WebRTC Solutions Industry News

[April 26, 2006]

Airbus reacts to complaints

(The Birmingham Post Via Thomson Dialog NewsEdge)European planemaker Airbus plans to decide on possible changes to its future A350 mid-sized aircraft by mid-2006 following complaints from customers, Airbus head Gus-tav Humbert said.

"We are talking intensively with our customers and looking very closely at the matter," Mr Humbert said in Dresden.

"We have an A350 that is good. If we can improve it, we will do that with profitability and the market in mind."

However, he declined to comment on details of possible changes or any financial implications.

His remarks suggest a decision could come in time for the Farnborough Air Show from July 17 to July 23.

Important Airbus customers including Singapore Airlines have criticised Airbus for not doing enough to make the A350 competitive with rival Boeing's 787 Dreamliner, which has sold out the first three years of production.

And the manufacturer is already facing delays on its double-decker A380 airplane programme and slumping sales of its four-engine A340.

Mr Humbert reiterated that Airbus plans to deliver at least 420 aircraft this year and wants to win just as many new orders.

The chief executive expected at least one new customer for its giant A380 superjumbo this year as well as the first additional orders for the plane from existing A380 customers.

The first A380s would be delivered to launch customer Singapore Airlines at the end of this year as planned, he added. Airbus was not currently working on a successor to the successful A320 family of short-haul aircraft, Mr Humbert said.

Airbus is 80 per cent owned by European aerospace group EADS. The remainder is owned by B AE Systems, which said recently it planned to sell the stake to EADS to enable it to make acquisitions in the US.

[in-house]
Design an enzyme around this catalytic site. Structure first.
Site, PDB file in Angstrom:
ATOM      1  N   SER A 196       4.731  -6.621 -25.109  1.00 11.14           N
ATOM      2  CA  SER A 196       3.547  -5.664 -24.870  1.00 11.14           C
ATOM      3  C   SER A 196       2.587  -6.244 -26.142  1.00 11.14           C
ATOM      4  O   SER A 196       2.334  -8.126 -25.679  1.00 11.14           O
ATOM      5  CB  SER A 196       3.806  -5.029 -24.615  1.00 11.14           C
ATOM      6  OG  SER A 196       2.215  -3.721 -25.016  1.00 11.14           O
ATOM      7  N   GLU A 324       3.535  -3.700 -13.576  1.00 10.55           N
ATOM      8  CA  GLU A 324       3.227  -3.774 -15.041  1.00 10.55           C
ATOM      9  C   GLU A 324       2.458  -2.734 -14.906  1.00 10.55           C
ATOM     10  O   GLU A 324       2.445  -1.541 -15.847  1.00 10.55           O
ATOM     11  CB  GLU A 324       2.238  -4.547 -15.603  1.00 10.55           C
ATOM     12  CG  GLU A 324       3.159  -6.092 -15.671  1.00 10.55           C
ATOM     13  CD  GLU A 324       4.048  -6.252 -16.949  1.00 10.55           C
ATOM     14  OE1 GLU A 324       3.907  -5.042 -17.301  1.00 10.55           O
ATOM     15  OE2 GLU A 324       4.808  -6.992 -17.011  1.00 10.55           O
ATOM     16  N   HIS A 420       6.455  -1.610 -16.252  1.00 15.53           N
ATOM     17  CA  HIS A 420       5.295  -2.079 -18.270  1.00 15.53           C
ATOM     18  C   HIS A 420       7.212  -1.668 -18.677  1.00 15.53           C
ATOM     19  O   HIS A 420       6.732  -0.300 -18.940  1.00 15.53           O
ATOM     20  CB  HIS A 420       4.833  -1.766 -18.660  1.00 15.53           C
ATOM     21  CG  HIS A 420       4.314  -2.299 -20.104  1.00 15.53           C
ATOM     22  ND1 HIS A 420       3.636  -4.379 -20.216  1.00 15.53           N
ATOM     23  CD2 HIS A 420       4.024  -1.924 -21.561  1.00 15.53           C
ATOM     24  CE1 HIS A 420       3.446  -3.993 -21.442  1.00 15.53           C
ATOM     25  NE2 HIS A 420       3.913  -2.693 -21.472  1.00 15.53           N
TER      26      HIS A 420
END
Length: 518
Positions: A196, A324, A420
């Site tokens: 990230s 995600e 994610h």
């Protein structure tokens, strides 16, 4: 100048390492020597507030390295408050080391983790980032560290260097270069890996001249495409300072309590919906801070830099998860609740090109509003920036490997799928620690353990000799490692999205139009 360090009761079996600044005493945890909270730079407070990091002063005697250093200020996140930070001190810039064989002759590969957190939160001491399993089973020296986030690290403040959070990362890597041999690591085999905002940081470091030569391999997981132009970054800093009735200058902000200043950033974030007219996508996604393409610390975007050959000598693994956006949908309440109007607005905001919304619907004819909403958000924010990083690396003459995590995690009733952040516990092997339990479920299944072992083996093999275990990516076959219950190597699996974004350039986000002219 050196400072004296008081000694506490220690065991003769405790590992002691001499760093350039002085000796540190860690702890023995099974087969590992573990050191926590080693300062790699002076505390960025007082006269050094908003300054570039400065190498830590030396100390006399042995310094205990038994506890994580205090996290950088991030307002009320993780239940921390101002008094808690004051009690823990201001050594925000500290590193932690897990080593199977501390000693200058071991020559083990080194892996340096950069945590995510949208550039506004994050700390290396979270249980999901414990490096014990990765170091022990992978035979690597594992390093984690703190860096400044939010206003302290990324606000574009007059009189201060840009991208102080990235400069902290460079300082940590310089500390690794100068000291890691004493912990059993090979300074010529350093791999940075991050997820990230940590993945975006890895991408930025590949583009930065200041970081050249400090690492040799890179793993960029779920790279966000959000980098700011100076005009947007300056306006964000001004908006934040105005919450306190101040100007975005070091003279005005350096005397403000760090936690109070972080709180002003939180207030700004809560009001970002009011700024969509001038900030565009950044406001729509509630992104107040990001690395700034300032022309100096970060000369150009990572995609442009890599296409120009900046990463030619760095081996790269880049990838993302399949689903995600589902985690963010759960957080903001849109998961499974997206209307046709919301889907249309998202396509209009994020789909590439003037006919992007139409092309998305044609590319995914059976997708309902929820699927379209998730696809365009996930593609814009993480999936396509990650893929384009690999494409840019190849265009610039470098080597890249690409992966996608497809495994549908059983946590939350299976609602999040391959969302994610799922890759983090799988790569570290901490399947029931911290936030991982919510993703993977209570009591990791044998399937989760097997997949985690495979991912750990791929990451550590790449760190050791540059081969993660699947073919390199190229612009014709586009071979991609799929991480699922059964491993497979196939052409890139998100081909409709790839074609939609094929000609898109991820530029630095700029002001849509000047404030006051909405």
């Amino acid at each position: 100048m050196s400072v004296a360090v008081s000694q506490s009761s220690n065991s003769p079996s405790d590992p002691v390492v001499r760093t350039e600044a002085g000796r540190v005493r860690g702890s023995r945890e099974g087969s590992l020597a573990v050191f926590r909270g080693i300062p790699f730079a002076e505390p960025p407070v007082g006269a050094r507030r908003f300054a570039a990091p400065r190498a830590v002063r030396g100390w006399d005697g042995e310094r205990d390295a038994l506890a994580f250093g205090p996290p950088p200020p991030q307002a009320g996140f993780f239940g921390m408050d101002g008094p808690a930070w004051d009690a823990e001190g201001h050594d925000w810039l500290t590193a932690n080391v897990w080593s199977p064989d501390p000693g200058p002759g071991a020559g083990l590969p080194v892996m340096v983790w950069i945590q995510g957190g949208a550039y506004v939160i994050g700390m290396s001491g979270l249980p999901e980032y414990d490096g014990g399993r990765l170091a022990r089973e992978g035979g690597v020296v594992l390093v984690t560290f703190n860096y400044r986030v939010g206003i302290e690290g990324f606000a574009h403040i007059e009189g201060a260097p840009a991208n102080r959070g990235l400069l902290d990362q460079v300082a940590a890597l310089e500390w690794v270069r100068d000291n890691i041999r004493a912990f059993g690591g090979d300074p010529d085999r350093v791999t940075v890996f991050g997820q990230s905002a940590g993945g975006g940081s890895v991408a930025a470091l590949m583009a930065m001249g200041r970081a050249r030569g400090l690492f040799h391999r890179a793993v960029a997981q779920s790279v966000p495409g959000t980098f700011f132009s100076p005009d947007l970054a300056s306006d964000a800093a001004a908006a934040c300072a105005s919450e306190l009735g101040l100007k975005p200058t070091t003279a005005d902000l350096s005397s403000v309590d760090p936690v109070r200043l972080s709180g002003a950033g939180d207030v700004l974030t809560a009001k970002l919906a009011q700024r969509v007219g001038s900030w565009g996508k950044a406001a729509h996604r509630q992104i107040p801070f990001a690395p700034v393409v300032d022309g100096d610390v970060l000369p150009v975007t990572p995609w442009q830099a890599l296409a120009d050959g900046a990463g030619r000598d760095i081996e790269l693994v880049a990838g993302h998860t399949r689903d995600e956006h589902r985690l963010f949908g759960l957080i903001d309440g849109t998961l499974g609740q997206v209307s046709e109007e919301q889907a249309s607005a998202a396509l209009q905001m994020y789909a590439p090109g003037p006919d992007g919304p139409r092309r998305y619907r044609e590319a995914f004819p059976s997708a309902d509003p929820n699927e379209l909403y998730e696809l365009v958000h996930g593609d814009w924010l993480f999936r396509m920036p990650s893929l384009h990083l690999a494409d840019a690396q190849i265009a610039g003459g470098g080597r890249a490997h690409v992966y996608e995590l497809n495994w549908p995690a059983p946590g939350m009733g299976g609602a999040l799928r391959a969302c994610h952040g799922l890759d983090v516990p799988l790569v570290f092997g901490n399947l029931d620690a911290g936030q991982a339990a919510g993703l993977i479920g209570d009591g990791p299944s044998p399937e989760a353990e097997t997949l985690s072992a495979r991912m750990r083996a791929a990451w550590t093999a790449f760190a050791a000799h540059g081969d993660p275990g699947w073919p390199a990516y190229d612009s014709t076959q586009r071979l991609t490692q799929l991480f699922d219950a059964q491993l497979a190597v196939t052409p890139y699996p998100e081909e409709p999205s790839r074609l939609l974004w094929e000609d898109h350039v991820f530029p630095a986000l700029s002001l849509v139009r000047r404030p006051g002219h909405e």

However, EADS co-chief executive Tom Enders yesterday said the price sought by BAE Systems for its stake in Airbus is "astronomical" and more than EADS is ready to pay.

"The British want an astronomical price. We are prepared to pay a fair price," he said at a business seminar.

EADS finance director Hans-Peter Ring also said it was "normal" for the ideas on price to be far apart, but he anticipates a deal by the end of this year.

[ Back To WebRTC Solutions's Homepage ]


Featured Podcasts

Delivering First Class Communications With WebRTC

This webcast captures a recent discussion about WebRTC between Jim Donovan, Director of Product Management at Oracle and Larry Hettick, Editorial Director and Senior Research Fellow at Webtorials. The topics cover WebRTC reliability, interoperability, and security--looking at how Oracle addresses these issues.

Oracle in Enterprise Communications

Most in the industry have heard of the acquisition of Acme Packet by Oracle. What you may not know is that Oracle has a number of telecommunications products including a UC suite, WebRTC Session Controller, and Operations monitoring tools. Oracle is pursuing both the enterprise and service provider.

Featured Whitepapers

ConnectCare & Unified Contact Manager

SPAN's ConnectCare is a WebRTC-based telemedicine app, which allows consumers to easily and instantly avail clinical healthcare from the providers, regardless of their location. This app is extremely useful to healthcare providers, patients and their caregivers alike.